2

Setup Ubuntu 16.04 expect Scripts

In the simple script bellow the goal is to simply find the oldest .zip file in a directory on a remote machine using ssh.
Then use scp to download this file to the local "workingBuild" directory.

Current Script

#!/usr/bin/expect
set user "hidden"
set pass "hidden"
set sourceDir "/opt/tomcat/someDirectoryName/"
set workingDir "/home/someUser/workingBuild"

spawn sh -c "ssh $user@www ls -t $sourceDir | head -1"
expect "password:"
send "$pass\r"
expect -re ".*\.zip"

set sourceFile $expect_out(0,string)
spawn sh -c "echo 'bob'$sourceFile'bob2'"

spawn sh -c "scp $user@www:$sourceDir$sourceFile $workingDir"
expect {
        password: {send "$pass\r"; exp_continue}
}

Problem

It seems I'm getting a hidden carriage return (\r) populated into my $sourceFile variable at the Front of the file name stored. This in turn is causing problem in the scp command because it puts the filename and destinationDirectory on a new line like such. Causing an invalid command:

spawn sh -c scp meliudaj@www:/opt/tomcat/someDirectoryName/
build_0.0.1.zip /home/meliudaj/workingBuild

This is also demonstrated with the following debugging line in the above code:

spawn sh -c "echo 'bob'$sourceFile'bob2'"

$sourceFile'bob2' are always on a new line below 'bob'

The desired result would be as such:

spawn sh -c scp meliudaj@www:/opt/tomcat/someDirectoryName/ build_0.0.1.zip /home/meliudaj/workingBuild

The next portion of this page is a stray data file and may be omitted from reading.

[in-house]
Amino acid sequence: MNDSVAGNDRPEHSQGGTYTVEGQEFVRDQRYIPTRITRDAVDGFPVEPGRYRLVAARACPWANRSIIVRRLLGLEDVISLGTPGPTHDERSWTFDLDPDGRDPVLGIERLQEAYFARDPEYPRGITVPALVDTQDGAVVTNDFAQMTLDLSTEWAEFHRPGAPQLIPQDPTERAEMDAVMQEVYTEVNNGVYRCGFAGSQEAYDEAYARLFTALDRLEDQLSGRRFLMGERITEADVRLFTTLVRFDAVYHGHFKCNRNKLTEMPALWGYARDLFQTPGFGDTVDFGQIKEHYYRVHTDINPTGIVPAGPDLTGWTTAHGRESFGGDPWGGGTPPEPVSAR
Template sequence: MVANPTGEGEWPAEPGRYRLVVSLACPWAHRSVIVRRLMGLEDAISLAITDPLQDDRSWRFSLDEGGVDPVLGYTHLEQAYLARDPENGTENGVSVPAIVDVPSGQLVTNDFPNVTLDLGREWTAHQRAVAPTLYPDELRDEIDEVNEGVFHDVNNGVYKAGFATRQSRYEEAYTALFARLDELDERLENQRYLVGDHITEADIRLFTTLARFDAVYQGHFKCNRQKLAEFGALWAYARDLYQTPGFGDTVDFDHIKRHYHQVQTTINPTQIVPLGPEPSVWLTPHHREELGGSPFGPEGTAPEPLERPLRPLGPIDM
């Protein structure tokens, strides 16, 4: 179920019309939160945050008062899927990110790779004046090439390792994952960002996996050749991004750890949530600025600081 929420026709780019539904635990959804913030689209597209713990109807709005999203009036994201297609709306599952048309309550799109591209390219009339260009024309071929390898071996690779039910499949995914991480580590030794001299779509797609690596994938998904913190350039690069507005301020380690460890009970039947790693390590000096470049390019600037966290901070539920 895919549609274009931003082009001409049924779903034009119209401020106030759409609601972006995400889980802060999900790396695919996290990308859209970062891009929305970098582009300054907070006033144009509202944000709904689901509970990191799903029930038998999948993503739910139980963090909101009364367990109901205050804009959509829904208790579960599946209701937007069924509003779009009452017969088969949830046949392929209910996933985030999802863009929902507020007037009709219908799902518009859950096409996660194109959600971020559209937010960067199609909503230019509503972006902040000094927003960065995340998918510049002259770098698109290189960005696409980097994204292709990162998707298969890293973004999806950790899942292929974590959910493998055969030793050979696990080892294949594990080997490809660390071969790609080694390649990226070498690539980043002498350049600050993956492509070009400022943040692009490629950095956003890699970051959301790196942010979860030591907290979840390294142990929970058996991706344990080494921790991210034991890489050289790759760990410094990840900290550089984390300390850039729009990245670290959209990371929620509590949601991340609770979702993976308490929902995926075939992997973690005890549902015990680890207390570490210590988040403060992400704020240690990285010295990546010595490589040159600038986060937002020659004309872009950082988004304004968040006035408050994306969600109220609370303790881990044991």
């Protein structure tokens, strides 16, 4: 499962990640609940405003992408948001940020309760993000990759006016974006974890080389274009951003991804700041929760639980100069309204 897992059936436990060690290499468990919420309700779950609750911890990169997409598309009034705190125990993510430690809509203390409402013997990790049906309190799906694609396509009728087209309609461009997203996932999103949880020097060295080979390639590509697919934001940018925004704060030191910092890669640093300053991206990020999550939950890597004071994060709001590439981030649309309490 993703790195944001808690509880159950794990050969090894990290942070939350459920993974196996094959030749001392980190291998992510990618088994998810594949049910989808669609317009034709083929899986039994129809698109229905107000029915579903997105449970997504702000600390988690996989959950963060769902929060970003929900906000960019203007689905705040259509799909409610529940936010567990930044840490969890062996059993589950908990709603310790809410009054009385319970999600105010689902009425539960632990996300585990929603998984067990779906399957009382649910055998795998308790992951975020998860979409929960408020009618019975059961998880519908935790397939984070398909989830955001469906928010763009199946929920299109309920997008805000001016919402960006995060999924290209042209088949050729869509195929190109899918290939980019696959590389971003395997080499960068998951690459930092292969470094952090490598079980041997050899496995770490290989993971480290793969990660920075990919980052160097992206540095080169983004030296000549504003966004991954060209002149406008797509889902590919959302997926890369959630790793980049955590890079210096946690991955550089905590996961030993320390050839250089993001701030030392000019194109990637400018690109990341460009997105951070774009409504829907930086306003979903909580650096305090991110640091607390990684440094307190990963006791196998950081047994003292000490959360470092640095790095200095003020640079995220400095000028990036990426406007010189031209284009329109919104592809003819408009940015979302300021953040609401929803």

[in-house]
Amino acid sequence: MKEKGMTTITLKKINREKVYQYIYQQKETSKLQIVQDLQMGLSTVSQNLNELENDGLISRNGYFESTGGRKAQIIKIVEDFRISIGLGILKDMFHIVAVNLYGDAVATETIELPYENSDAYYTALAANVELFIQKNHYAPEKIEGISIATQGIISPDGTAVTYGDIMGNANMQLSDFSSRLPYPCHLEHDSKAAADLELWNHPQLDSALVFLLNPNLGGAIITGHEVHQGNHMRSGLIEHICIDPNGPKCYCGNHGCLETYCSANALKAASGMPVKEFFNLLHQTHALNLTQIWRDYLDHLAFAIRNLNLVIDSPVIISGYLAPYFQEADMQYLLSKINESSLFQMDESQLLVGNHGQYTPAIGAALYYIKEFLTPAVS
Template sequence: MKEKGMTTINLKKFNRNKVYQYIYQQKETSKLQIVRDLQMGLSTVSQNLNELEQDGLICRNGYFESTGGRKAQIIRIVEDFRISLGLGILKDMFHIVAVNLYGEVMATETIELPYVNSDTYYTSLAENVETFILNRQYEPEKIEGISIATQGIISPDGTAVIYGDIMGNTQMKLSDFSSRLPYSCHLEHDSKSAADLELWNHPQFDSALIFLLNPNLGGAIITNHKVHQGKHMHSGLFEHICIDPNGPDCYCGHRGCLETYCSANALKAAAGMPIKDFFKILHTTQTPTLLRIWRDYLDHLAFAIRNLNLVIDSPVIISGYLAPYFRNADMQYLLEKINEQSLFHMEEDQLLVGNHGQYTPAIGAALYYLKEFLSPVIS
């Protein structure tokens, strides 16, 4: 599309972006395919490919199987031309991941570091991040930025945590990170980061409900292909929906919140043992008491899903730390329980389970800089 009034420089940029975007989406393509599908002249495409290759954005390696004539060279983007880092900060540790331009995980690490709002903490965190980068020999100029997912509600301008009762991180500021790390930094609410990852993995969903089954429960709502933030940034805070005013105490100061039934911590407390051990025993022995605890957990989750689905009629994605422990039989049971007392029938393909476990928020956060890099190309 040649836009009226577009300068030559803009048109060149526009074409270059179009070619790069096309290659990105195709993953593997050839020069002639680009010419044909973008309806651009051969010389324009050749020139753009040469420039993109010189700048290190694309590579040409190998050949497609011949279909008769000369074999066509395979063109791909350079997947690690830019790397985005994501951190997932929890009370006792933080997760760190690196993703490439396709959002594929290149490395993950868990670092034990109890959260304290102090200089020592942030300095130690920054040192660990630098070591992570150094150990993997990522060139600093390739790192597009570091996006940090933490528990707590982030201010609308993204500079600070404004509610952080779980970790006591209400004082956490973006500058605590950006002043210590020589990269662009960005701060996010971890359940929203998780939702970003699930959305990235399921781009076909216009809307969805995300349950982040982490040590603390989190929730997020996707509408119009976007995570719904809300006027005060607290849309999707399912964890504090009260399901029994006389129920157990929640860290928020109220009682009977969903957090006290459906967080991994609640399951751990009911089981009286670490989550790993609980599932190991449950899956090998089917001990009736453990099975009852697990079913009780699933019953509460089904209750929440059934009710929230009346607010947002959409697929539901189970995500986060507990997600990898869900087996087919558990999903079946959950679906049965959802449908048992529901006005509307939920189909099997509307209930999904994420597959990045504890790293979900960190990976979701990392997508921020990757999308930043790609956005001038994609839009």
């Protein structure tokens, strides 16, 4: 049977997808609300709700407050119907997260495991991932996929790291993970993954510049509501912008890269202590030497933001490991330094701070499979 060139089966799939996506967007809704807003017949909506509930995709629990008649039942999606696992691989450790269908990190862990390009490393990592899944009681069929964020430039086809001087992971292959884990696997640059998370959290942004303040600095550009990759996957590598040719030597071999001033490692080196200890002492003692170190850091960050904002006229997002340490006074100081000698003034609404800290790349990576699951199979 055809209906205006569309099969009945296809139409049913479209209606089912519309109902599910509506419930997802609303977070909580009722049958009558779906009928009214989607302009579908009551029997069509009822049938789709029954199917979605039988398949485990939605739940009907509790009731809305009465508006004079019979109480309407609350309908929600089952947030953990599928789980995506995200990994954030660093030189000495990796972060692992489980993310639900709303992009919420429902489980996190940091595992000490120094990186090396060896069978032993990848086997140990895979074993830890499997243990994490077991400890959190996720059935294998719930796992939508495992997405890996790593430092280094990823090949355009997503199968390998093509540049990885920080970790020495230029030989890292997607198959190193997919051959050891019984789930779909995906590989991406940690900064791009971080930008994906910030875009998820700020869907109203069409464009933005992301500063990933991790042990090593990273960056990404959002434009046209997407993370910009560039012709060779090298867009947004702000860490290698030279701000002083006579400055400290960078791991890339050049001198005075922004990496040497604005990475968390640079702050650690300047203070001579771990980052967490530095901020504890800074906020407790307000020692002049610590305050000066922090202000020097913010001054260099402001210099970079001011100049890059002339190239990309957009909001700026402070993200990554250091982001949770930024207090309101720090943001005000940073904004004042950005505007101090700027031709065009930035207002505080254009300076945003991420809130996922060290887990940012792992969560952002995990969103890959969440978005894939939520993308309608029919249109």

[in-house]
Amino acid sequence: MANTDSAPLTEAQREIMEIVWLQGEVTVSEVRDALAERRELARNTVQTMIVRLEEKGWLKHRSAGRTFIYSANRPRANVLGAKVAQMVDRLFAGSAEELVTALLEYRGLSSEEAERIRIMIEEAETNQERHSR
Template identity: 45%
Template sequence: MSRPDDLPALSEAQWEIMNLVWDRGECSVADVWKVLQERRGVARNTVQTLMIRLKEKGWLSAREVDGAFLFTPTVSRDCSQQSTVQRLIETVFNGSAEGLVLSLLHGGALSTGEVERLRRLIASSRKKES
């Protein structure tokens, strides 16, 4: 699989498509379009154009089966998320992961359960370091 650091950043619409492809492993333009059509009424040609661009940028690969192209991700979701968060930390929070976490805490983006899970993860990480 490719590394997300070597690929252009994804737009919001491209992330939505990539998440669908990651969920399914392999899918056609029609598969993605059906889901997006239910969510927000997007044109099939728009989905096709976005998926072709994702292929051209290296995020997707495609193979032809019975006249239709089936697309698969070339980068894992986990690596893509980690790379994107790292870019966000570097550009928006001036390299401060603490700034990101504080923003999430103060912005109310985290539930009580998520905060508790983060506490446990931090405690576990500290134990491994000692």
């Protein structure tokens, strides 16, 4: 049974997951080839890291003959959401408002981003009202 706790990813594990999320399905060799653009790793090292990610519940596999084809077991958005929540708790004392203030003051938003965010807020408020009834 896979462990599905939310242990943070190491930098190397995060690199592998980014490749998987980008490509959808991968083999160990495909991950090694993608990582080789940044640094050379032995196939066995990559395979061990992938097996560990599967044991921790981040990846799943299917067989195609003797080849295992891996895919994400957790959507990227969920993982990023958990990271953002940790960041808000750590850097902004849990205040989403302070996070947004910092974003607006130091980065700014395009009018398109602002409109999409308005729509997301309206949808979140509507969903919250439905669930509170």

Question

How can I either Remove the \r from the $sourceFile variable, or how can I populate the $sourceFile variable differently to prevent the (\r) from ever appearing in the first place.

P.S. I have tried a number of different attempts at using sed, awk, & tr But nothing I have tried seems to help.

3

After you send your password and "hit enter", the first thing ssh does is emit a newline. You're not accounting for this in the text you extract from the expect_out buffer. Also note that expect uses CRNL to represent a newline, which I understand is to align with some network procotol standards.

This interactive expect session pretty much reproduces the problem. At the end I'm sending the contents of the variable to the external command od to see exactly what's in it:

expect1.1> spawn sh -c {read password; ls -t | head -1}
spawn sh -c read password; ls -t | head -1
42945
expect1.2> send "\r"
expect1.3> expect "*.zip"

somefile.zip
expect1.4> set sourceFile $expect_out(0,string)

somefile.zip
expect1.5> exec od -c << $sourceFile
0000000  \r  \n   s   o   m   e   f   i   l   e   .   z   i   p
0000016

What you want to do is capture the text, ending with ".zip", that occurs after the last newline. Fairly straightforward to do with a regular expression:

expect1.1> spawn sh -c {read password; ls -t | head -1}
spawn sh -c read password; ls -t | head -1
42992
expect1.2> send "\r"
expect1.3> expect -re {.*\r\n(.*\.zip)}

somefile.zip
expect1.4> set sourceFile $expect_out(1,string)
somefile.zip
expect1.5> exec od -c << $sourceFile
0000000   s   o   m   e   f   i   l   e   .   z   i   p
0000014

Note the use of (1,string) to take the text captured by the first set of parentheses.

  • THIS was the piece I was missing. expect1.3> expect -re {.*\r\n(.*\.zip)} (RegEx is not my strong suit) Everything else was a correct explanation of what I was dealing with – DarbyM Jun 13 at 1:56
  • 1
    I'd encourage you to spend some time studying it. Regex is an indispensable tool to have in your toolbox. – glenn jackman Jun 13 at 3:04
  • 20 years working in different flavors of unix. I couldn't agree more, but RegEx just doesn't pop with me. Always having to break out the googlefoo and relearn it just to makes something work. I'll stick with my DBs :) – DarbyM Jun 13 at 3:17

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